But now that Davis has announced his retirement at age 90, it's a good moment to focus on his genuine strengths by looking at some of his originals close up.
Davis did excellent fine line work. He didn't fall into the common trap of letting excessive lines turn his subjects rigid and heavy. Despite all that cross hatching, his pictures remained flexible and sprightly:
|Illustration from Humbug|
|Even in his fine line work, Davis maintained enough variety in his line to preserve priorities (for example, the banker's chin and belly).|
A master of the pen, he was also a fearless inker with a brush. Look at the way Davis transforms a man into a splatter beneath that sledge hammer. That effect could never have been achieved with his fine line cross hatching style:
|From MAD no. 5|
|Note the simplicity of the shading on the father's face|
At age 26, Davis began working at EC comics. From the beginning, his draftsmanship enabled him to squeeze complex scenes into small panels that were already crowded with text:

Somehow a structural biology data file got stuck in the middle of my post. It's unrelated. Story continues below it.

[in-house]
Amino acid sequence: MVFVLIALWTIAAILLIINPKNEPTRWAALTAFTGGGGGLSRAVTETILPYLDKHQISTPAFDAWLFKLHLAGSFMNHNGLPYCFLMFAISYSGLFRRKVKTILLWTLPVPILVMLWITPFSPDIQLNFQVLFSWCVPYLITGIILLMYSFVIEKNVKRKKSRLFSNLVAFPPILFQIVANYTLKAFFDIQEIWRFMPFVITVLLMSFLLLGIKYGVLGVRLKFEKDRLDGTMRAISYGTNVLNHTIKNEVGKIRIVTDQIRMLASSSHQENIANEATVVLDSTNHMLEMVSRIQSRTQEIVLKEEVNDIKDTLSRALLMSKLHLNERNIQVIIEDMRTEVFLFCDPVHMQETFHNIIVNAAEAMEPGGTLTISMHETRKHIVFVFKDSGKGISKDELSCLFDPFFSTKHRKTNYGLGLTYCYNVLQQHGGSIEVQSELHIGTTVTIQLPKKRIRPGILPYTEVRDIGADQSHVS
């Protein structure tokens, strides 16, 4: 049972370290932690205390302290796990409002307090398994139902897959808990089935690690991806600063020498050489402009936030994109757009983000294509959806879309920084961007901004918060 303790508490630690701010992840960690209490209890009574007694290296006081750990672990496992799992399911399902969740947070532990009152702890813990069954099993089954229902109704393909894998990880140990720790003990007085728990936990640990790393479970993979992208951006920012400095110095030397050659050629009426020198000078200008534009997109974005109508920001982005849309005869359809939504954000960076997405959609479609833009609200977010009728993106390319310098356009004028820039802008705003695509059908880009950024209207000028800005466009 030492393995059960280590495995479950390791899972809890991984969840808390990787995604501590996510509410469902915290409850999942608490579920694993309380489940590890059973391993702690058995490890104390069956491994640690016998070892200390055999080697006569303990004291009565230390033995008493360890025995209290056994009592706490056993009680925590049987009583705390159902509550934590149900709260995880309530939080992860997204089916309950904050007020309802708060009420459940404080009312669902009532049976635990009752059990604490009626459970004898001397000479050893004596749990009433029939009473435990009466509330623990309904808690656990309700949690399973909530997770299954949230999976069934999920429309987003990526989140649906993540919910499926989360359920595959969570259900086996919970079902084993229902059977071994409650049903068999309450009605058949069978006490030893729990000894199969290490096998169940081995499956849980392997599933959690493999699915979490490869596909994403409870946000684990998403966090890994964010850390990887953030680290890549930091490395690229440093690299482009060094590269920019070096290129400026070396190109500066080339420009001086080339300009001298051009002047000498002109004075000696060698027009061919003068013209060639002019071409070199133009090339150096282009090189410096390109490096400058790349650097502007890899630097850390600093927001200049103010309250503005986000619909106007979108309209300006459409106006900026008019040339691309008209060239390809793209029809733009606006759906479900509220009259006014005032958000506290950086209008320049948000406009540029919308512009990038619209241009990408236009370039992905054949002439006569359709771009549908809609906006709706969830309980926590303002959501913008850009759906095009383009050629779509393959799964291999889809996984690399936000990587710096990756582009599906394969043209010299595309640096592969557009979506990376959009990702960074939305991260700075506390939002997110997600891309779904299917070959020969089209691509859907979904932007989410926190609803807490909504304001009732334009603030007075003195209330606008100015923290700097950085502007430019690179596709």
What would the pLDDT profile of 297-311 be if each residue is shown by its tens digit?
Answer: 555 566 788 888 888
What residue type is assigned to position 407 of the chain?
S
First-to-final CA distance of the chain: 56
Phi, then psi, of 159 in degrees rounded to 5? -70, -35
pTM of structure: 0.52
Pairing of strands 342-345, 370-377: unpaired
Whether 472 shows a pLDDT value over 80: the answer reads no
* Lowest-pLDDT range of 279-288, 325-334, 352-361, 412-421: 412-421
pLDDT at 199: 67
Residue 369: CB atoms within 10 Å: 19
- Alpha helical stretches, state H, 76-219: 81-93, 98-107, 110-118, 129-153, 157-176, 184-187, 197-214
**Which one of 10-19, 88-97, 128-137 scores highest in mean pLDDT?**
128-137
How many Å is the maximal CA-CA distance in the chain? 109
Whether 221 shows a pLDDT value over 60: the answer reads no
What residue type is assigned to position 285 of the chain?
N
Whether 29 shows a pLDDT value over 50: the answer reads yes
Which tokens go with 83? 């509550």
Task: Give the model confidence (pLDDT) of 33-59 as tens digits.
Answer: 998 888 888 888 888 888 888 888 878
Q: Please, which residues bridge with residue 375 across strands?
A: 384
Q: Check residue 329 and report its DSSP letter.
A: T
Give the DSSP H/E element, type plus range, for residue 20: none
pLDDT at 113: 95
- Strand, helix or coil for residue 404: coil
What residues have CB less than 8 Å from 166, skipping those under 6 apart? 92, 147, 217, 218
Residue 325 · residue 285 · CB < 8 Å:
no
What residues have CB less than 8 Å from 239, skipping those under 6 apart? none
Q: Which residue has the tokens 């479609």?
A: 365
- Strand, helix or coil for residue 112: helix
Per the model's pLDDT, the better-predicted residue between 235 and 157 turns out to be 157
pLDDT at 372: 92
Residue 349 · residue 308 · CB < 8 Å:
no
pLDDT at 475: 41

Even at that early stage, Davis was able to combine thin line and thick brush stroke to bring drama to his pictures in a way that only Neal Adams and perhaps a few others have been able to match.
Finally, Davis had a wonderful sensitivity for color. You didn't always see it in his numerous low budget spot illustrations, but when Davis got serious, there were few better.
Jack Davis has been a brilliant artist and an important voice in American popular culture for decades. As he steps down at age 90, he has a great deal to be proud of.